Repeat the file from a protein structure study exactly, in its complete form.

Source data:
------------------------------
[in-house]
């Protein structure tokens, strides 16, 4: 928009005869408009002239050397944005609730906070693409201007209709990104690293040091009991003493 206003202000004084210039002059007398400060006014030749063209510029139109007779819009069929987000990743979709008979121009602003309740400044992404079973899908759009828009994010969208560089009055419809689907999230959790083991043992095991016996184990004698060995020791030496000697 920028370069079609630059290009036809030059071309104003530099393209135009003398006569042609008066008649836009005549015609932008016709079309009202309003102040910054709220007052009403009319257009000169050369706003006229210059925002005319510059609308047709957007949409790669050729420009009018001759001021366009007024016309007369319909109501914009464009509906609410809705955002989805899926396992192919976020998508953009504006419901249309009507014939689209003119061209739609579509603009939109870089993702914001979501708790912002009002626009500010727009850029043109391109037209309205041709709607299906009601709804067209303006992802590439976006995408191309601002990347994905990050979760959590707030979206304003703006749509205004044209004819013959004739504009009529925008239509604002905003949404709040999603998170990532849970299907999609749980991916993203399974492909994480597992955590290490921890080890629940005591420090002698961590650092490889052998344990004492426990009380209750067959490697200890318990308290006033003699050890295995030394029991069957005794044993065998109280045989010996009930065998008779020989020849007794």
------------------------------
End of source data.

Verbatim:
[in-house]
């Protein structure tokens, strides 16, 4: 928009005869408009002239050397944005609730906070693409201007209709990104690293040091009991003493 206003202000004084210039002059007398400060006014030749063209510029139109007779819009069929987000990743979709008979121009602003309740400044992404079973899908759009828009994010969208560089009055419809689907999230959790083991043992095991016996184990004698060995020791030496000697 920028370069079609630059290009036809030059071309104003530099393209135009003398006569042609008066008649836009005549015609932008016709079309009202309003102040910054709220007052009403009319257009000169050369706003006229210059925002005319510059609308047709957007949409790669050729420009009018001759001021366009007024016309007369319909109501914009464009509906609410809705955002989805899926396992192919976020998508953009504006419901249309009507014939689209003119061209739609579509603009939109870089993702914001979501708790912002009002626009500010727009850029043109391109037209309205041709709607299906009601709804067209303006992802590439976006995408191309601002990347994905990050979760959590707030979206304003703006749509205004044209004819013959004739504009009529925008239509604002905003949404709040999603998170990532849970299907999609749980991916993203399974492909994480597992955590290490921890080890629940005591420090002698961590650092490889052998344990004492426990009380209750067959490697200890318990308290006033003699050890295995030394029991069957005794044993065998109280045989010996009930065998008779020989020849007794």